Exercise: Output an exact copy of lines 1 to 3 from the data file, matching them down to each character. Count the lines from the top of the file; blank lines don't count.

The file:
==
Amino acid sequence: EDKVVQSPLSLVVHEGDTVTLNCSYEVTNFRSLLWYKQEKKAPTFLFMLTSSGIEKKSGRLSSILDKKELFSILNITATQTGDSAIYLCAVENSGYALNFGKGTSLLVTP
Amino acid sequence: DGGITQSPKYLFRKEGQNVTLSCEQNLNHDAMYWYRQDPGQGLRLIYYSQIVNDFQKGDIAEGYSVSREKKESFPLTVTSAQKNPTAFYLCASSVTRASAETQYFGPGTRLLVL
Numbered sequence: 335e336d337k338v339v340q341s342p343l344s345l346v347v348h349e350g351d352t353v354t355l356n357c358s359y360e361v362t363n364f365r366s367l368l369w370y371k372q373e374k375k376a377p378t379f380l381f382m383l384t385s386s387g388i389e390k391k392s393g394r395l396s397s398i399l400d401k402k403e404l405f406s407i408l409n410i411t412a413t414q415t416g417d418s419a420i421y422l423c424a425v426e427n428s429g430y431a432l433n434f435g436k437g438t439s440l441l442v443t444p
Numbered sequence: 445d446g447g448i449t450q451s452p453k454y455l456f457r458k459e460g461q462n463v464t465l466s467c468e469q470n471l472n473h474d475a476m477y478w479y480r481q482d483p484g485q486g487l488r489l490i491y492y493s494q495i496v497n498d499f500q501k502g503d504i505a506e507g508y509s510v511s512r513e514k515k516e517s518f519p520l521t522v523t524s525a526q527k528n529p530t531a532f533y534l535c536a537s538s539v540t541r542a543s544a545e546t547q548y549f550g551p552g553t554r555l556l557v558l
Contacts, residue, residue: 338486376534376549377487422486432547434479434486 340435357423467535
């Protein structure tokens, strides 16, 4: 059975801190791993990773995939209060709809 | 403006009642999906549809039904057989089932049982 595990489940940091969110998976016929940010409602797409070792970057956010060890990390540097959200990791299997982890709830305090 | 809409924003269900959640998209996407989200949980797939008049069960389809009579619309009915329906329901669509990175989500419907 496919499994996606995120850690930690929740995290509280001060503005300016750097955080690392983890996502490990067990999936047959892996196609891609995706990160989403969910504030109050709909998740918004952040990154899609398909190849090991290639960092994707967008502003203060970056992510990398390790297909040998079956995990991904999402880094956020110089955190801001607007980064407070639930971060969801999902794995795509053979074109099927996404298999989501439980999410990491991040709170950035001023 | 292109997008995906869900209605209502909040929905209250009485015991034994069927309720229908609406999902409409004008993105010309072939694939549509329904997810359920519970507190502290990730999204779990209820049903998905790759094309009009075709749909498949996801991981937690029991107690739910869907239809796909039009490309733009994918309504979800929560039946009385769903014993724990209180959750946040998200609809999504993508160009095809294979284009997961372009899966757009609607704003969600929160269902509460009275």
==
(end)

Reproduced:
Amino acid sequence: EDKVVQSPLSLVVHEGDTVTLNCSYEVTNFRSLLWYKQEKKAPTFLFMLTSSGIEKKSGRLSSILDKKELFSILNITATQTGDSAIYLCAVENSGYALNFGKGTSLLVTP
Amino acid sequence: DGGITQSPKYLFRKEGQNVTLSCEQNLNHDAMYWYRQDPGQGLRLIYYSQIVNDFQKGDIAEGYSVSREKKESFPLTVTSAQKNPTAFYLCASSVTRASAETQYFGPGTRLLVL
Numbered sequence: 335e336d337k338v339v340q341s342p343l344s345l346v347v348h349e350g351d352t353v354t355l356n357c358s359y360e361v362t363n364f365r366s367l368l369w370y371k372q373e374k375k376a377p378t379f380l381f382m383l384t385s386s387g388i389e390k391k392s393g394r395l396s397s398i399l400d401k402k403e404l405f406s407i408l409n410i411t412a413t414q415t416g417d418s419a420i421y422l423c424a425v426e427n428s429g430y431a432l433n434f435g436k437g438t439s440l441l442v443t444p